The Sherpa is a vision for a new generation of electric aircraft envisioned to ferry material, equipment, and people between remote outposts of the world. It would be designed to do short take-off and landing on rough runway to access most villages.
Last century, a series of aircraft were developed to fly material, people, and equipment in remote locations of the world like the Shorts C330. The 21st century Sherpa concept aims to create a smaller version of that legendary aircraft by proposing a project that introduces new electric turbines, new avionics, and lighter materials.
How It Works
The Sherpa would benefit from its engine positioned on top and at the front of its wings.This layout would generate a lot more lift than it would on a conventional aircraft. It could also help reduce noise/decibels—a major asset for populations and wildlife.
The fuselage of the Sherpa would be made of advanced composite material to save weight, and other technologies should be integrated into the mix to simplify avionics, controls, and flying procedures. The battery pack (energy storage) will be a key challenge along with finding an efficient and adequate electric turbine.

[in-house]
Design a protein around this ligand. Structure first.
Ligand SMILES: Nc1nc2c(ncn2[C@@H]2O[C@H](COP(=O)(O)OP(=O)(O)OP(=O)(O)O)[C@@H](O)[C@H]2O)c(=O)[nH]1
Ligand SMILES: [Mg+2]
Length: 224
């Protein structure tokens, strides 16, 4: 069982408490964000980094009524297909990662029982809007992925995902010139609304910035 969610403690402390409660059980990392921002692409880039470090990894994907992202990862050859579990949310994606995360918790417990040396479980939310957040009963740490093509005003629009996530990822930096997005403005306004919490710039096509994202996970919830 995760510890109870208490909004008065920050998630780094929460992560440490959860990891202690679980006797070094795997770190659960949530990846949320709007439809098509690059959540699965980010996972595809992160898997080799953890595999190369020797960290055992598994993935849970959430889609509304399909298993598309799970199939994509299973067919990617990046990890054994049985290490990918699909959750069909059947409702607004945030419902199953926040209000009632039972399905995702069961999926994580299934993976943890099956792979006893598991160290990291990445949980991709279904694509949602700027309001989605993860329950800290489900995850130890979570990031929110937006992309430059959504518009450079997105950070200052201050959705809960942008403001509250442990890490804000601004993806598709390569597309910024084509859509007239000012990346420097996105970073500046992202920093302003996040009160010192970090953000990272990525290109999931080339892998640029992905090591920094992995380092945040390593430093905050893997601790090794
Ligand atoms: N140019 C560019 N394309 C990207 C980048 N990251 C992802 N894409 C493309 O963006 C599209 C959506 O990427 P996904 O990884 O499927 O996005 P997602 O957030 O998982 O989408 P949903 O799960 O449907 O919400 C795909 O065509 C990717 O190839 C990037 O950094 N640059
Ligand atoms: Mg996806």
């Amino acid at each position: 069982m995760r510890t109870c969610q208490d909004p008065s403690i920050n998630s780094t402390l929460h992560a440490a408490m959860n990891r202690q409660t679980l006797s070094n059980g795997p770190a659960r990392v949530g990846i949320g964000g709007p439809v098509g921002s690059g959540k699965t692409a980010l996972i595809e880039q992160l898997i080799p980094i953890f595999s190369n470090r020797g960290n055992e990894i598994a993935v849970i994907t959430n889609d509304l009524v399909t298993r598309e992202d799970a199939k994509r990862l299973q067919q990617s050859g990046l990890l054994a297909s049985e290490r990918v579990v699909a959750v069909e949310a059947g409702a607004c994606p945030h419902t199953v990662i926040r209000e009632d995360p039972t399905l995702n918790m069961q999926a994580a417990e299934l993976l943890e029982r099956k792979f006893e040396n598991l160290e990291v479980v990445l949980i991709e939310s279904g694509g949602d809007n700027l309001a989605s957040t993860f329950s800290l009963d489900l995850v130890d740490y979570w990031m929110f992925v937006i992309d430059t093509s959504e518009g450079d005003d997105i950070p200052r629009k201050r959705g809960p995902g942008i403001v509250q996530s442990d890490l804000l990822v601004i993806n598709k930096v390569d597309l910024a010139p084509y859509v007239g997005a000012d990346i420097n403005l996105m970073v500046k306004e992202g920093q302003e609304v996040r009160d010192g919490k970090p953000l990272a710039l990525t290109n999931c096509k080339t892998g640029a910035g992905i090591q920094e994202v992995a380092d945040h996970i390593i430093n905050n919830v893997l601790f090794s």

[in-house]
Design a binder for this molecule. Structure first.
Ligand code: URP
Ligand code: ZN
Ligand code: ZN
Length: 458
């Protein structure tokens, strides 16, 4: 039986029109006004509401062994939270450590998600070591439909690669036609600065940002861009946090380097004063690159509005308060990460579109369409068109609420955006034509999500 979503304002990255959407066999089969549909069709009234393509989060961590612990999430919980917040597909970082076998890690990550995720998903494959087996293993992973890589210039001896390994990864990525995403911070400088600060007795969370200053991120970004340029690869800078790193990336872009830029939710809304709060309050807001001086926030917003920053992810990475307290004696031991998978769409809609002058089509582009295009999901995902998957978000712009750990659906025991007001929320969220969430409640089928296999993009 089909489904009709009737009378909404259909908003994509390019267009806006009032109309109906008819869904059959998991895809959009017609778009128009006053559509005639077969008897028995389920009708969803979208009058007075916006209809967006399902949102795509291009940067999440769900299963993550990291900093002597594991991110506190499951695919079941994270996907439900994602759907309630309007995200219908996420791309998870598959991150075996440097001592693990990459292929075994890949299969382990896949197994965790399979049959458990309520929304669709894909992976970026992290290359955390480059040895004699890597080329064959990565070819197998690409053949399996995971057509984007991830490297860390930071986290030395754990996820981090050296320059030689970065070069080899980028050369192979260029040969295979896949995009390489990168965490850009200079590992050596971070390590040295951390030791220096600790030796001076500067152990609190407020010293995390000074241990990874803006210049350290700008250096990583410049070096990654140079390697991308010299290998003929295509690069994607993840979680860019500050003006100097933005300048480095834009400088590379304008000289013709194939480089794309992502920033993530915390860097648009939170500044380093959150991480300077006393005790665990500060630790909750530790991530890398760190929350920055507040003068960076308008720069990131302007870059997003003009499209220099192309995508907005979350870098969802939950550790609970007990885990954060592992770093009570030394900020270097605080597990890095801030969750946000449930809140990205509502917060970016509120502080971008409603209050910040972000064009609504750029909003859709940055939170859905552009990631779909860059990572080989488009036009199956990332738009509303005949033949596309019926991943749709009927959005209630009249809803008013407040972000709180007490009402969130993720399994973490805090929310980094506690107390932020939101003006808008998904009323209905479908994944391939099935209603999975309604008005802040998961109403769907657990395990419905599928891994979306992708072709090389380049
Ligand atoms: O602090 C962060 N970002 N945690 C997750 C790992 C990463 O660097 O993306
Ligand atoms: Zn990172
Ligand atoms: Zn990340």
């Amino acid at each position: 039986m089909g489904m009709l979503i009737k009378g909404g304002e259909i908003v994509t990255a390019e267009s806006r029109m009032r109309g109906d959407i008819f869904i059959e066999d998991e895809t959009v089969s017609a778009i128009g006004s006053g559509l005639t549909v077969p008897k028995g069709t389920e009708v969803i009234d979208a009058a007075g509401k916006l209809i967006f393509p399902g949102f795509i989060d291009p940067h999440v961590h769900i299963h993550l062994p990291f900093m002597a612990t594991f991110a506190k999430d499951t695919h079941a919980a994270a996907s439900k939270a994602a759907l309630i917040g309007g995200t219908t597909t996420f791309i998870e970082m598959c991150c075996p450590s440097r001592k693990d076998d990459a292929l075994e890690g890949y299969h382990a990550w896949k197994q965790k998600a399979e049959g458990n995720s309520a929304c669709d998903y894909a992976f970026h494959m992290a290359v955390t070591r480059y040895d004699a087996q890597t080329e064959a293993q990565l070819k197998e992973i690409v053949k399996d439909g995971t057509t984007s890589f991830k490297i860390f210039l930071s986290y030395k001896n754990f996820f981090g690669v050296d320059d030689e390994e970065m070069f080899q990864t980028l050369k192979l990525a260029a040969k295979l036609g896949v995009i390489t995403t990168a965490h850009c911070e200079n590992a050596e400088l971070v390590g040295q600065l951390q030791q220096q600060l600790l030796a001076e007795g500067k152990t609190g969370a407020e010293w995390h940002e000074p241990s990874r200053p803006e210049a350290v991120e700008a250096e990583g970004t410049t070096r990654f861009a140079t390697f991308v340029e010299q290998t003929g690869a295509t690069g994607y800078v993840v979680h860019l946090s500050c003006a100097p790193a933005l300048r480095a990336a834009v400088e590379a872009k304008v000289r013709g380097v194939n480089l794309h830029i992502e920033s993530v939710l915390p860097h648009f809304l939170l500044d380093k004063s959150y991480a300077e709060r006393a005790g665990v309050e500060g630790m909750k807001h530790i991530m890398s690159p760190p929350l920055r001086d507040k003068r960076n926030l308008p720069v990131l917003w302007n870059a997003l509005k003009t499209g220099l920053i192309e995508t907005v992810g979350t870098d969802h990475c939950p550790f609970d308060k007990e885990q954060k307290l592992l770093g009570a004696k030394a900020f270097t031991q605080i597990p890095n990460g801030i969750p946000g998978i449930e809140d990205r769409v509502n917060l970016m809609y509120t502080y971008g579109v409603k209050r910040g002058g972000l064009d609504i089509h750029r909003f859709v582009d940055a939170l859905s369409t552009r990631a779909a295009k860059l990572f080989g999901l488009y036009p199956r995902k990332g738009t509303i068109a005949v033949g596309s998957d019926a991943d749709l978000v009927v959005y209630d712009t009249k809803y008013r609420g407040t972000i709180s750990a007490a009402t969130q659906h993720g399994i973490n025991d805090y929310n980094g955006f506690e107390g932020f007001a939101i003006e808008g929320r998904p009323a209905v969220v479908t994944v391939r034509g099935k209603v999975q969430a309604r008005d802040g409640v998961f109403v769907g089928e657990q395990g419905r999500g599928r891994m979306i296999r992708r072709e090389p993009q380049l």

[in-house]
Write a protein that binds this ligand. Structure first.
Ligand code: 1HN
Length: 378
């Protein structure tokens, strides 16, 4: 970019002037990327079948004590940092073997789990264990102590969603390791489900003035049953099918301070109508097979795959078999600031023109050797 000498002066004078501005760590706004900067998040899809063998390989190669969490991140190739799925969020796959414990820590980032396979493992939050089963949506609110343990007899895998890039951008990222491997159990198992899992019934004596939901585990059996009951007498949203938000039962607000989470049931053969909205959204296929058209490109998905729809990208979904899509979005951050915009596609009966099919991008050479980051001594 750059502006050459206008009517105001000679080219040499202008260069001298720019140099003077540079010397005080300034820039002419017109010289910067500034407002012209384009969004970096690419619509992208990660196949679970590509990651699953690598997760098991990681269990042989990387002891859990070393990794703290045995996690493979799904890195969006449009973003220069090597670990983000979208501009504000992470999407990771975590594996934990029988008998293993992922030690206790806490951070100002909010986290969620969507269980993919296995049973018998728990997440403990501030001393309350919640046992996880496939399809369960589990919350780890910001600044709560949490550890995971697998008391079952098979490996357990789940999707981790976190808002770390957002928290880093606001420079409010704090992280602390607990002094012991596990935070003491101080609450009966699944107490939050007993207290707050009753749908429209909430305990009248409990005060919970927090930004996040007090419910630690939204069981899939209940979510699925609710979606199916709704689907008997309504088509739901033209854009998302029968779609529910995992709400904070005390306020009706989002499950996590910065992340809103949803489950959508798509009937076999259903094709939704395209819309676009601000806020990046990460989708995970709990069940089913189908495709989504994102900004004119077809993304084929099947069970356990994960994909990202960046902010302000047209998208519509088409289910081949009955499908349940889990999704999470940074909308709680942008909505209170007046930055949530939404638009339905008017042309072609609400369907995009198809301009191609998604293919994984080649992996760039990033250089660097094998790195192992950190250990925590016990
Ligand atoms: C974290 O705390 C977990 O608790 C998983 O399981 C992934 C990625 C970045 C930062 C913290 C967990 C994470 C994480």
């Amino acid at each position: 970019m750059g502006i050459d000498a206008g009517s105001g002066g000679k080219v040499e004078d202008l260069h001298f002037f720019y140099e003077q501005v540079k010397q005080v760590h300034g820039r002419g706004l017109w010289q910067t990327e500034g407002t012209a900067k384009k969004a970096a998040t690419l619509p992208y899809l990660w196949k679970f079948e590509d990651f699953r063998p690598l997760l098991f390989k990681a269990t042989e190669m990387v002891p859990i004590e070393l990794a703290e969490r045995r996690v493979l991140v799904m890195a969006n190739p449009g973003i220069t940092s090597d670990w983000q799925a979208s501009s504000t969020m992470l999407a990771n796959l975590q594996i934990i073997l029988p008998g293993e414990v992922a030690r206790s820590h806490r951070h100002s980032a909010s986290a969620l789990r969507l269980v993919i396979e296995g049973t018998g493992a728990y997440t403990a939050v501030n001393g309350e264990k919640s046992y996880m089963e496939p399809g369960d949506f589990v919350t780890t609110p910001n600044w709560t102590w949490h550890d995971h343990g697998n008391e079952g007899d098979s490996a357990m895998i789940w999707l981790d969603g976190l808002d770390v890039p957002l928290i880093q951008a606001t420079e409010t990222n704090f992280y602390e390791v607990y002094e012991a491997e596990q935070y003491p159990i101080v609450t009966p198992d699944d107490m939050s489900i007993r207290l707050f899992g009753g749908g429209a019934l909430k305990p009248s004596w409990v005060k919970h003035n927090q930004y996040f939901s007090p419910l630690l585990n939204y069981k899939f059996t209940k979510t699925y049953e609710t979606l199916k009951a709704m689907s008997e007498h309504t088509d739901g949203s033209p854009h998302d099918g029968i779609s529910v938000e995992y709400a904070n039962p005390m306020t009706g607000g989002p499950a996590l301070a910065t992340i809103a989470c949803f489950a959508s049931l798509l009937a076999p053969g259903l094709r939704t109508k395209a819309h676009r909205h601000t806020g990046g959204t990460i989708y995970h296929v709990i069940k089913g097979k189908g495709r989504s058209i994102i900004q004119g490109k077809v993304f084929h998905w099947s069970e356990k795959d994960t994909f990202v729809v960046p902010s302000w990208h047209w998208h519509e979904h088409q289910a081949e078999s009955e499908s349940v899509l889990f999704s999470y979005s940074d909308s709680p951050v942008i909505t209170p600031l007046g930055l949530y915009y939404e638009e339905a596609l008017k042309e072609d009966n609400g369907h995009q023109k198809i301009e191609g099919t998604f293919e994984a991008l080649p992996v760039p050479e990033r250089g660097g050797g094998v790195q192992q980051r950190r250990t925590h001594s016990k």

What It’s Used For
With climate changes underway, a new boom of development will take place in remote locations and once more aircraft like the Sherpa will probably be in high demand. It’s extended STOL capabilities make it a perfect candidate to develop new outposts and towns in Northern countries. The increase in useful load capacity, energy efficiency, and performance will also translate into reasonable shipping cost if you take into account carbon taxing.
I would like to thank Olivier Peraldi for collaborating with me on this concept. I would specifically like to thank Martin Rojtenberg, who created all the images of the Kármán concept. Martin lives near Buenos Aires, Argentina. He studied design at the University of Buenos Aires and now works as an independent industrial designer.